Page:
The City in the Shadow of an Aging Nuclear Reactor via BBC

This model Soviet city, or atomograd, was purpose-built in the 1970s to entice skilled workers to work in the nuclear power plant. Decades on, what does daily life look like?

By Daryl Mersom

Metsamor has been described as one of the world’s most dangerous nuclear power plants because of its location in an earthquake zone.

It sits just 35km (22 miles) from Armenia’s bustling capital, Yerevan, with distant views of snowy Mount Ararat across the border in Turkey.

The plant was constructed around the same time as Chernobyl in the 1970s. At the time the Metsamor reactor provided energy for the growing needs of a vast Soviet Union, which once had ambitious plans to generate 60% of its electricity from nuclear power by 2000.

But in 1988 everything changed; the 6.8 magnitude Spitak earthquake devastated Armenia, killing around 25,000 people. The nuclear power plant was swiftly closed down because of safety concerns over an unreliable electricity supply to power the plant’s systems. Many of the plant’s workers returned home to Poland, Ukraine and Russia.

Thirty years on, Metsamor plant and its future remain a divisive topic in Armenia. One of its reactors was restarted in 1995 and now generates 40% of Armenia’s energy needs. Its critics argue the site remains extremely vulnerable to earthquakes due to its location in an area of seismic activity. Its supporters, however, including government officials, argue it was deliberately originally built on a stable basalt block and insist further modifications, such as improved fire doors, have been made to make it even safer.


This model Soviet city, or atomograd, was purpose-built to entice skilled workers from across the USSR, from the Baltics to Kazakhstan. It was planned for 36,000 residents with an artificial lake, sports facilities, and a cultural centre. In its heyday the shops were well-stocked and rumours about the high quality of the butter reached Yerevan.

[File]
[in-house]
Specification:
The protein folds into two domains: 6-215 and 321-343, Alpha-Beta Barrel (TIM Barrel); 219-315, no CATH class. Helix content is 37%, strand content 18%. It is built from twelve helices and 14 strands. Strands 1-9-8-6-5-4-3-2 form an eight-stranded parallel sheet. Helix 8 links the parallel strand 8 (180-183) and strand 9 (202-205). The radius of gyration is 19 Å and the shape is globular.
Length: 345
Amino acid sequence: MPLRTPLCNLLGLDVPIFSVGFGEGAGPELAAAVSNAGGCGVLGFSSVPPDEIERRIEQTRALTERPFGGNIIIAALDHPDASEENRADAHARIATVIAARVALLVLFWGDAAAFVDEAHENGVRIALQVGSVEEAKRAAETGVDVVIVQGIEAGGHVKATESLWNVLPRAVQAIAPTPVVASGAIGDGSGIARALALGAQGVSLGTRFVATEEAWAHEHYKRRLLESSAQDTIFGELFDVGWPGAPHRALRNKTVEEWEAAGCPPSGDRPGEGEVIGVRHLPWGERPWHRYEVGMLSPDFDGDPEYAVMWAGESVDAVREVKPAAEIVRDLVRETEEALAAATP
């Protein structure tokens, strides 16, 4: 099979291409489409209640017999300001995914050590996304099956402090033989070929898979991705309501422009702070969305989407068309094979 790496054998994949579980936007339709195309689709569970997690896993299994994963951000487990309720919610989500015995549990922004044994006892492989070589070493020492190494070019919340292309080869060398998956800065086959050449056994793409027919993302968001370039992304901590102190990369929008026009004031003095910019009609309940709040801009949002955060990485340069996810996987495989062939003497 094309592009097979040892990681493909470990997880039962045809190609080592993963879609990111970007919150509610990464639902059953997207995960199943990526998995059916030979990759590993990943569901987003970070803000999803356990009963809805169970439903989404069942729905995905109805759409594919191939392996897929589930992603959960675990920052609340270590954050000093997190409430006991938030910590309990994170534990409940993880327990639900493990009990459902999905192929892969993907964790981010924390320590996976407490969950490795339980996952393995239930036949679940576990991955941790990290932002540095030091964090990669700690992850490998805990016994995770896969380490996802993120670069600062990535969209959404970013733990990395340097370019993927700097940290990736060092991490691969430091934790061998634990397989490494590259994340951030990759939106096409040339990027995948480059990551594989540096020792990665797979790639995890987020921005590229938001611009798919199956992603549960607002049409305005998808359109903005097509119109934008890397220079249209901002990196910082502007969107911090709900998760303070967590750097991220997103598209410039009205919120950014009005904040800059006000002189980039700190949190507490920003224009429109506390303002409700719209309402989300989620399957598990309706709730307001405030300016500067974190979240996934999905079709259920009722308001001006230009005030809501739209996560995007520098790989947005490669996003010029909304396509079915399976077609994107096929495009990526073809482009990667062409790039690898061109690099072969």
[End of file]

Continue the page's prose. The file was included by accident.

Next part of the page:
But the population didn’t remain static. The same year as the earthquake locals were joined by refugees fleeing Azerbaijan due to conflict in the disputed Nagorno-Karabakh territory. In the first year of the conflict over 450 people were housed in Metsamor’s vacant dormitories. Those people settled down and now live in homes they have built themselves, on the site where the proposed third housing district of the atomograd would have been located.


Today Metsamor has a population of over 10,000 people with lots of children. In the apartment blocks 5km from the cooling towers, the people balance their worries over energy scarcity against the potential threat posed by the plant. “The black years of electricity shortages are so strong in people’s minds,” says Katharina Roters, a photographer who has documented the city, “that they cannot consider life without the plant.” From 1991-1994 the country suffered an energy crisis where at times the population was left with no electricity at all. 


So why do they stay? Roters found mixed attitudes towards the nuclear power plant. “The families that no longer work at the plant tended to be frustrated about the economic situation in Armenia, whereas those who still worked at the plant were much more positive.”

Read more at The City in the Shadow of an Aging Nuclear Reactor

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